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Unveiling the Depths of Prejudice: ‘Murder in Mahim’ Shocks Audiences with Its Raw Exploration of Homophobia

Murder in Mahim offers a relatively new perspective on working-class stiffs and their connection to killings that result from unfortunate circumstances rather than accidents, for a jaded audience that has nearly always been invited to look at a split-level Mumbai, residing in either fancy high-rise towers or its slummy, scummy underbelly.

The eight-part series, which is loosely based on the excellent Bombay chronicler Jerry Pinto’s book of the same name, deviates slightly from the original in a few ways but generally adheres to the core plot, which centres on everyday people (and their families) who can be found in modest homes, packed police thanas, general wards in hospitals, and beach shacks through a critical examination of the LGBTQi community.

Inside a public lavatory at Mahim station, the brutally murdered body of a teenage sex worker with his insides removed is discovered. As they investigate, police inspector Shivajirao Jende (Vijay Raaz) accompanies rookie officer Firdaus Rabbani (Shivani Raghuvanshi) to get practical experience. A few additional police officers (Bharat Ganeshpure, Satya Vijay) start showing up for reasons that are best kept secret as the two stumble along the trail of bodies that continue to pile up.

Plenty of red herrings exist. Is Sunil, the son of the late journalist Peter Fernandes (Ashutosh Rana), who had a falling out with Jende, the murderer? Furthermore, is Sunil gay? Are the other two police officers attempting to assist or obstruct the investigation? What connection does a dead man’s sister (Sonia Balani) have with the murders?

There are moments when you lose yourself in the writing, and those are the moments where it verges on being banal or explaining. There is a group of demonstrators outside the police station going through the motions because the show is set in the time before the Supreme Court’s decision to decriminalise same-sex partnerships. There are long stretches and eye-rolling scenes (particularly one involving Fernandes and a reclusive woman who craves attention). Additionally, the rivalry between Raaz, who assumes Jende’s role, and Rana’s retired journalist seems forced, despite the fact that it’s entertaining to watch these two strong performers spar before teaming up.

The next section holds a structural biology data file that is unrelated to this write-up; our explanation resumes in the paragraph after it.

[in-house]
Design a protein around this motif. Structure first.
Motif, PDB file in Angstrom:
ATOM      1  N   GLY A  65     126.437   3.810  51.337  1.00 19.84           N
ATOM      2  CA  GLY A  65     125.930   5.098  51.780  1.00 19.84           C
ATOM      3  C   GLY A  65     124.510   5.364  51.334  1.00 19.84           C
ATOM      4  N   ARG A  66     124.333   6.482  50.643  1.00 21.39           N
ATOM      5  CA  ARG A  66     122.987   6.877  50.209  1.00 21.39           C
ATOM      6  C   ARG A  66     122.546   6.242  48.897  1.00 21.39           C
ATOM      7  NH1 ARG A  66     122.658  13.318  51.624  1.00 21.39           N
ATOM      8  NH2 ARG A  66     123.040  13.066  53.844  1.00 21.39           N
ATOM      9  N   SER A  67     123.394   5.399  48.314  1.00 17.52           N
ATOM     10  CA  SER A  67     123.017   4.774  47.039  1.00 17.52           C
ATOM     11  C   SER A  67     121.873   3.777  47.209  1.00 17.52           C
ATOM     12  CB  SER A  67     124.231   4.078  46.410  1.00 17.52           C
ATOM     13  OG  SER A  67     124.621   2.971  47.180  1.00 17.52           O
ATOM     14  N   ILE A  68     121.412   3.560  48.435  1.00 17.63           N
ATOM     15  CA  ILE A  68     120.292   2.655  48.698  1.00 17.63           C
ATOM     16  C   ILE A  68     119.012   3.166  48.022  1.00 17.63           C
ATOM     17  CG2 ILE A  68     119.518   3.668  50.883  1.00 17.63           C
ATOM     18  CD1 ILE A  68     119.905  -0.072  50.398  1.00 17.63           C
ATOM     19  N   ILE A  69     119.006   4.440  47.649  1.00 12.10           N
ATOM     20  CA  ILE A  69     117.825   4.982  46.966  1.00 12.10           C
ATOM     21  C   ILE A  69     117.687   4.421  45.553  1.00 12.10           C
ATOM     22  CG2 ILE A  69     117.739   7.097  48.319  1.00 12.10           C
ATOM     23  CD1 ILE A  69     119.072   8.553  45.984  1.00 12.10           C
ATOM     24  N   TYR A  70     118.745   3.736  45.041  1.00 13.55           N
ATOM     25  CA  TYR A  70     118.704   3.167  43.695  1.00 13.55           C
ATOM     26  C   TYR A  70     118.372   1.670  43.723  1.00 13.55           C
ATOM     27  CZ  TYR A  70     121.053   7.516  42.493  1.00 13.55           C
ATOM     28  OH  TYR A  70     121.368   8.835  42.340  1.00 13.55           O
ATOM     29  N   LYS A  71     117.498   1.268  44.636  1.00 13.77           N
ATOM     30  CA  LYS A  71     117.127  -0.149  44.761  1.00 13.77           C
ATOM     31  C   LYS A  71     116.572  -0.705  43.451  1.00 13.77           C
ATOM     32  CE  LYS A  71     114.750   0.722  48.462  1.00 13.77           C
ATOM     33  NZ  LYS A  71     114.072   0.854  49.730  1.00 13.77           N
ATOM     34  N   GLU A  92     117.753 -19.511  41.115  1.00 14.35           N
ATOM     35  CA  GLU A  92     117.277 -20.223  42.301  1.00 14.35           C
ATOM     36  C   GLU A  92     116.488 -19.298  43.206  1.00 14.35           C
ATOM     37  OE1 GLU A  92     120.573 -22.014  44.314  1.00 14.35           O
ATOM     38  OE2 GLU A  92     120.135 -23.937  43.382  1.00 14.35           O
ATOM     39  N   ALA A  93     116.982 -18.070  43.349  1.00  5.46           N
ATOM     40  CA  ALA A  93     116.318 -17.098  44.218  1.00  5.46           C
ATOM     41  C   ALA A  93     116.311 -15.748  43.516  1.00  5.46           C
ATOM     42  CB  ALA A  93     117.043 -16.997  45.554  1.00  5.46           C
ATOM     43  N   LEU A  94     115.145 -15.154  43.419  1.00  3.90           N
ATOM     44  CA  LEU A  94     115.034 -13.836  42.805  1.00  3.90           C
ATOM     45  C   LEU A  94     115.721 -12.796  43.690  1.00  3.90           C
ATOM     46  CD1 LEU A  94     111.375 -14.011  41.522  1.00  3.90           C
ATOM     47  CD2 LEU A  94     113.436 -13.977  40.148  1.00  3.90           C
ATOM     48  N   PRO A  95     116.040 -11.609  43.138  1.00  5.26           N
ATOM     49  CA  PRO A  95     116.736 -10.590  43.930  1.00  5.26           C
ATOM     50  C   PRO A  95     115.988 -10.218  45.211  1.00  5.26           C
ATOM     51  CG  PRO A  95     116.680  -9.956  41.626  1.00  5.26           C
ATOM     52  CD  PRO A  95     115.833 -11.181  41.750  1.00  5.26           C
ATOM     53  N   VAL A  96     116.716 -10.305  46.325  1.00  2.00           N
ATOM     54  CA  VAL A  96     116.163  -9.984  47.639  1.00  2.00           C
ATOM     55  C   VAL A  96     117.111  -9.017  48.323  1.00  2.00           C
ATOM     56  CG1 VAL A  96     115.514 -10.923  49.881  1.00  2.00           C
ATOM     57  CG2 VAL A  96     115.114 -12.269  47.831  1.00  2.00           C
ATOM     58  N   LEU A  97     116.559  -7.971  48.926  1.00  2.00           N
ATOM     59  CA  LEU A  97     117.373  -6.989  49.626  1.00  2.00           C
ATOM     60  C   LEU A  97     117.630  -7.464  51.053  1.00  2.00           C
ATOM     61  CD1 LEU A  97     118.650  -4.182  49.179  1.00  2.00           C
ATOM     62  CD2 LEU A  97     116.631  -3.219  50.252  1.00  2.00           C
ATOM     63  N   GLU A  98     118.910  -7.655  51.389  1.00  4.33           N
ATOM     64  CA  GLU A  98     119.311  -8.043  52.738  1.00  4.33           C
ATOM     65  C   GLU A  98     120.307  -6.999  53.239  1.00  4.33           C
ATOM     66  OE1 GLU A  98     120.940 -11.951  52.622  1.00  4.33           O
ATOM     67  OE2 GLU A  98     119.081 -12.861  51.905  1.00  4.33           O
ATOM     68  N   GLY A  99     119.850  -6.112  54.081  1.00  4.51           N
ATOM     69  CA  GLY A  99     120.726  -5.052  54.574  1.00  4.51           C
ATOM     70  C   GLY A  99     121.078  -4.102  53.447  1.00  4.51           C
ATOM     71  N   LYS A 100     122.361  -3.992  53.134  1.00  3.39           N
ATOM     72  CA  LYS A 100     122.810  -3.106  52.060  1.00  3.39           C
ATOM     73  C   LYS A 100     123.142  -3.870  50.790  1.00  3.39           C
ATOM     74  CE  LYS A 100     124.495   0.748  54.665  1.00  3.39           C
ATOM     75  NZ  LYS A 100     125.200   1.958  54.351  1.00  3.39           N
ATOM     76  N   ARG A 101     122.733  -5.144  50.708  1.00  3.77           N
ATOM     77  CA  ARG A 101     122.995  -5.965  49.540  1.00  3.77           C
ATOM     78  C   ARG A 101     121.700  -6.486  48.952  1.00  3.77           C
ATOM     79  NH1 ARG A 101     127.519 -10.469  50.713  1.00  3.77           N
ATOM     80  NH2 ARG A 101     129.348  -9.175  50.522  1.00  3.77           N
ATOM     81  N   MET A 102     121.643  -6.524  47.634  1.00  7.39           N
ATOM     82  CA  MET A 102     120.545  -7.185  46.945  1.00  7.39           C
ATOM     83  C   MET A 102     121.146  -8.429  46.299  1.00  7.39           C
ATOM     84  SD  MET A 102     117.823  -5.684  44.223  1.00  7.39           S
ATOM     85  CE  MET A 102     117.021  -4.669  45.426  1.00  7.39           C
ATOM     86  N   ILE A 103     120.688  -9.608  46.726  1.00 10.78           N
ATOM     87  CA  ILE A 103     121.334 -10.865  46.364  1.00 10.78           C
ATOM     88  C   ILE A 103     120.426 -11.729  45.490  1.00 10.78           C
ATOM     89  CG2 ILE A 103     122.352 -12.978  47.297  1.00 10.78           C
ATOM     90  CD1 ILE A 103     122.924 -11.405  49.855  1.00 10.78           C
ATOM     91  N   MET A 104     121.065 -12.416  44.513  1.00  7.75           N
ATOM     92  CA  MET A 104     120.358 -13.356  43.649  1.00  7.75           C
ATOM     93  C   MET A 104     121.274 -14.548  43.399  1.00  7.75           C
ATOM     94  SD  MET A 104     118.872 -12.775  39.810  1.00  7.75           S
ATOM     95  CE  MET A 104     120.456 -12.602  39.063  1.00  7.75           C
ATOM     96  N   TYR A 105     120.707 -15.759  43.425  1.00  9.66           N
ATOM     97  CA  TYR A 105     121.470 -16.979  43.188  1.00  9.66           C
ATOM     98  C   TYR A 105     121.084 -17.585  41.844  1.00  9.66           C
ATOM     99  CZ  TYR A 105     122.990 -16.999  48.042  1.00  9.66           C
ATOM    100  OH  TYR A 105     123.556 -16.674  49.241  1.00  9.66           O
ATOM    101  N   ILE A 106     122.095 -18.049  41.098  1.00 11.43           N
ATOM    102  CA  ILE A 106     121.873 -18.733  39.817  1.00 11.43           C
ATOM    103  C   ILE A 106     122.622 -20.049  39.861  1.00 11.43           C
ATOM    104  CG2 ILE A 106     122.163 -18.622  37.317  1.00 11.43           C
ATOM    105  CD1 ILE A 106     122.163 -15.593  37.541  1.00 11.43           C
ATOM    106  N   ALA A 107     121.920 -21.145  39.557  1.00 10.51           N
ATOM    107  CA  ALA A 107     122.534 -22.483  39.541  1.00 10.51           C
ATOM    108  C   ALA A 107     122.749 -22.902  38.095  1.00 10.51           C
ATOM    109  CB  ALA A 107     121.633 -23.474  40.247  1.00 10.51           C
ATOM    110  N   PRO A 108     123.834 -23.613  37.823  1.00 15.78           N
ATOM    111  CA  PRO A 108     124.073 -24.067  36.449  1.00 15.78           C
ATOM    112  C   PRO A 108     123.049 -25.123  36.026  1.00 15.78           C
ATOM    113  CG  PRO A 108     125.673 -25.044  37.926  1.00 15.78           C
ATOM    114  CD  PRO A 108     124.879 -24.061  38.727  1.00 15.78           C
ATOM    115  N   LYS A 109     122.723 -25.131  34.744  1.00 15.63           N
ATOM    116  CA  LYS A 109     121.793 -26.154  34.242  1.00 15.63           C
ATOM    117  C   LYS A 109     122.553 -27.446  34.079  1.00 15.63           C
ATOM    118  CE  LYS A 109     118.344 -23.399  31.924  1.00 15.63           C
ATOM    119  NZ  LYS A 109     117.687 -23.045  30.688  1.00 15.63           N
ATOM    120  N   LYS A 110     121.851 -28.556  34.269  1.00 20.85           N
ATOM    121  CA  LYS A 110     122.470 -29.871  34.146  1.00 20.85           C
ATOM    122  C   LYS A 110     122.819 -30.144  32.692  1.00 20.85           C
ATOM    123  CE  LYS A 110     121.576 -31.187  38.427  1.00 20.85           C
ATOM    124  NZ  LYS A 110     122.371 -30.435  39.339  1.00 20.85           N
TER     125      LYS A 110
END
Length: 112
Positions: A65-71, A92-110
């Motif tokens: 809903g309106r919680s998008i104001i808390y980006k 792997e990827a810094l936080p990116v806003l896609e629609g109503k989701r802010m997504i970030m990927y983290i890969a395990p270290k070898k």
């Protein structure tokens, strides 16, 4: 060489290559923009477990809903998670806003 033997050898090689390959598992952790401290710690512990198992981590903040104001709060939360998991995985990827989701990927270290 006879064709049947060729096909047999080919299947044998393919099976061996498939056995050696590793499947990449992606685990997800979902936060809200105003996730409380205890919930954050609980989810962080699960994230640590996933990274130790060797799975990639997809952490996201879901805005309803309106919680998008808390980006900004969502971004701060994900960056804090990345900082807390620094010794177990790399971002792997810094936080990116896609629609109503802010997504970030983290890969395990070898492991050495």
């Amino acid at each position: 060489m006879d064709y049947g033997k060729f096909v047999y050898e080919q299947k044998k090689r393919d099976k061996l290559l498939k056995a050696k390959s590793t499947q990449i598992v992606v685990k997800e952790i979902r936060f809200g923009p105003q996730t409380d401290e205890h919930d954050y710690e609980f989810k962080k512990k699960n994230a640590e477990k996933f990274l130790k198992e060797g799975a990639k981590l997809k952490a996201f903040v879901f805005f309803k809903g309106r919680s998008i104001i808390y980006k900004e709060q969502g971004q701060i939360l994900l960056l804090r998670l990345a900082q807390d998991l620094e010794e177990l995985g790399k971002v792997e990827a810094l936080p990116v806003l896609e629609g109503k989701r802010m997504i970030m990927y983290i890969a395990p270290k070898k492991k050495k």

The most impactful part of the series, written by Mustafa Neemuchwala and Udai Singh Pawar, and directed by Rajesh Acharya, is the portrayal of men who like other men, and who have to resort to drastic measures to manage crucial intimacy. While portraying an ageing roué, Rajesh Khattar comes out as exaggerated yet realistic about the difficulties in finding enduring love. As his character puts it, when it comes to emotion, sometimes it’s not only about the sex; sometimes it’s about warmth and touch. How harsh and alienating is it to have to go to stinky restrooms even for that?

That’s when you encounter the stench of bigotry, hatred, and homophobia, which no amount of deodorant can completely mask. You wrinkle your nose as the show wafts those your way, but you’ve already taken them in before you can stop breathing. Could you change your opinion on men and women who choose to adore and hold the sex they want? Yes, says the series, but before that, there will be blood.

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